My latest in Vox is on the many, many ways that Star Wars changed movies. Here's how it starts:
In just a few days, the world will finally get to see Star Wars: The Force Awakens, the seventh entry in the movie franchise and the start of a new trilogy and new chapter for the series. Disney, which bought the rights to Star Wars from creator George Lucas for $4 billion in 2012, has said that it plans to release a new Star Wars film every yearessentially forever. Given the incredible enthusiasm for the new installment and widespread expectations of an enormous box office (its first-day ticket presales easily broke records; they were eight times higher than first-day presales for any previous film), it's a good bet that the Star Wars franchise will reign over Hollywood for years to come.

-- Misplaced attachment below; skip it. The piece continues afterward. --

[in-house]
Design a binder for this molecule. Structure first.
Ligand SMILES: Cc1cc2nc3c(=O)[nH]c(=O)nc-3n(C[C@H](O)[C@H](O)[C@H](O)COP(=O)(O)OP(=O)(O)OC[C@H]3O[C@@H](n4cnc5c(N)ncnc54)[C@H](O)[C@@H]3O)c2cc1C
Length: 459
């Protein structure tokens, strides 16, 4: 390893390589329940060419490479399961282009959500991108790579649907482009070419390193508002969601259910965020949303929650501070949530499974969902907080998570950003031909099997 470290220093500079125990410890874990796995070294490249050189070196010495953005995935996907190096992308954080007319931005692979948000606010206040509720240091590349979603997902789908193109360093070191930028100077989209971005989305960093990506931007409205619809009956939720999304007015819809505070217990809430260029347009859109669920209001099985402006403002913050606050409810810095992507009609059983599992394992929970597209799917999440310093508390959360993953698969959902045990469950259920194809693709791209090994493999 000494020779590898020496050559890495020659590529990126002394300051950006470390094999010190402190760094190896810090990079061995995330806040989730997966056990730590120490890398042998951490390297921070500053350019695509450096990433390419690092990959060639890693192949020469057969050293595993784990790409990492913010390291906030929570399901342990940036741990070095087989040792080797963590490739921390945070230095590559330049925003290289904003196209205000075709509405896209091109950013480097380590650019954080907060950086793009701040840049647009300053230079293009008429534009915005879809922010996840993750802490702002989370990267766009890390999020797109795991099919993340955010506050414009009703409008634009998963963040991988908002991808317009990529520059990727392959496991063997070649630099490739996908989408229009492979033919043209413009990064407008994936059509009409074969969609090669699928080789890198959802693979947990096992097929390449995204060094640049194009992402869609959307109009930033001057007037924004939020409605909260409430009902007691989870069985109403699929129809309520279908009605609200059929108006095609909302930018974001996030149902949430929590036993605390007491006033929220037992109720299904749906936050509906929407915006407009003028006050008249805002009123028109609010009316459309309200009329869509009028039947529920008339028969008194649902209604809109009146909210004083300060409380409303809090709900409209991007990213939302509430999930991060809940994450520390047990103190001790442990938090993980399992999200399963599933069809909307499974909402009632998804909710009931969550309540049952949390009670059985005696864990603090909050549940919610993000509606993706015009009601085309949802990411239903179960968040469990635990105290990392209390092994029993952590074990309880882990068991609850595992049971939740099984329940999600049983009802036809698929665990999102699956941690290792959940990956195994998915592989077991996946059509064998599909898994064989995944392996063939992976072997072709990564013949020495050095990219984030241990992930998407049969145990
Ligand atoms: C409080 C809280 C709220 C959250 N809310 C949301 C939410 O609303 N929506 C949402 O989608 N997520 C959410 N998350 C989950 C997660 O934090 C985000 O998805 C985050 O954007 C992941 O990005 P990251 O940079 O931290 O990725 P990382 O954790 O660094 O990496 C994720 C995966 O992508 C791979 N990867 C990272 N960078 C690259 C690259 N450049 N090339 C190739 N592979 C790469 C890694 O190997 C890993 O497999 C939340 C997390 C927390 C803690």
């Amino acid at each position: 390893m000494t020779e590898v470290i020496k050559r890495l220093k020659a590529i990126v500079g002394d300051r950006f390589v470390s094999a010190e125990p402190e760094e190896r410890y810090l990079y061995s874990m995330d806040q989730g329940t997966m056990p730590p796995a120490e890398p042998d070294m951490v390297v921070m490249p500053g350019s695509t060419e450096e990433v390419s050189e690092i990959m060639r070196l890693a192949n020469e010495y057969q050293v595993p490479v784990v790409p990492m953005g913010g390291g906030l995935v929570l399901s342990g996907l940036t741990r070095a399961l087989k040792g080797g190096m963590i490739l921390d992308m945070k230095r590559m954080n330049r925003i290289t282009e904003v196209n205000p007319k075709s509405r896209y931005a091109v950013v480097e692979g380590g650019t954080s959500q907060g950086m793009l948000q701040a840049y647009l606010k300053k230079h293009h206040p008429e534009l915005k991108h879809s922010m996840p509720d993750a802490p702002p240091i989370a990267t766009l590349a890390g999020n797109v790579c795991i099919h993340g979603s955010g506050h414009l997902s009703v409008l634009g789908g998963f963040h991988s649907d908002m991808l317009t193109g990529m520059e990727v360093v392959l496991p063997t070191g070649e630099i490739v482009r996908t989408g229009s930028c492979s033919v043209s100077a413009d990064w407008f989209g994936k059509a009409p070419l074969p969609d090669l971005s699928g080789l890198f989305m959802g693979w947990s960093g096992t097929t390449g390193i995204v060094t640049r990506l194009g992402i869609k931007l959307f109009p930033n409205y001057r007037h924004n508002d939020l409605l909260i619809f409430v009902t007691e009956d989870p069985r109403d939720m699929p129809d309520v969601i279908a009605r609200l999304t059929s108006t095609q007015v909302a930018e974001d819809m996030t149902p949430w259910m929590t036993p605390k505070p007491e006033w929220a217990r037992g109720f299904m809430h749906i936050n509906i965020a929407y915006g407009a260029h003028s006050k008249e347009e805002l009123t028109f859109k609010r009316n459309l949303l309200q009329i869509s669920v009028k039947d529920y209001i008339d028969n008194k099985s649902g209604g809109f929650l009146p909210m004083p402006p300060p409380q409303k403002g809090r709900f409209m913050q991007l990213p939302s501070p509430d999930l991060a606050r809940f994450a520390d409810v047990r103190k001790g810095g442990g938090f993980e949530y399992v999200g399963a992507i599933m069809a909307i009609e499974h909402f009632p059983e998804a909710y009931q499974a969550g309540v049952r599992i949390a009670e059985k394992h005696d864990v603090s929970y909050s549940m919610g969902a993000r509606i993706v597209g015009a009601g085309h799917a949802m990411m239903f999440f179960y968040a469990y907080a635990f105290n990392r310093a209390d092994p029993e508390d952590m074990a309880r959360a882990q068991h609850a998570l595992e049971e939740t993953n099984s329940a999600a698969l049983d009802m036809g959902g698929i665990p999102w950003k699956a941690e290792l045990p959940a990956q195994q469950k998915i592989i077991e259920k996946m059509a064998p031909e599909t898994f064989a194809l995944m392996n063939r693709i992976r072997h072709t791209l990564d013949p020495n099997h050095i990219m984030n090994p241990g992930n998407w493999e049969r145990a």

So this is a new era for the series. However, it's really nothing new for Tinseltown. The Star Wars franchise — and what you might call the Star Wars mindset — has dominated the movie industry since its debut in 1977, even during the years-long breaks between films.
The original movie and its two sequels were unprecedented hits, and in their success they established the template for the modern blockbuster, serving as the prototypes and inspirations for just about every big-budget, effects-driven action film that's been released since. In the process, Star Wars and its many cultural offshoots laid the foundation for what Hollywood looks like today, reorienting the entire industry around visual spectacle and event films with mass cultural — and mass commercial — appeal. In a sense, Star Wars remade Hollywood in its own image.
And for more on Star Wars, check out the latest issue of Reason, and the recent panel discussion on the movie at Reason's DC office, featuring Sonny Bunch of The Washington Free Beacon, Alyssa Rosenberg of The Washington Post, and myself: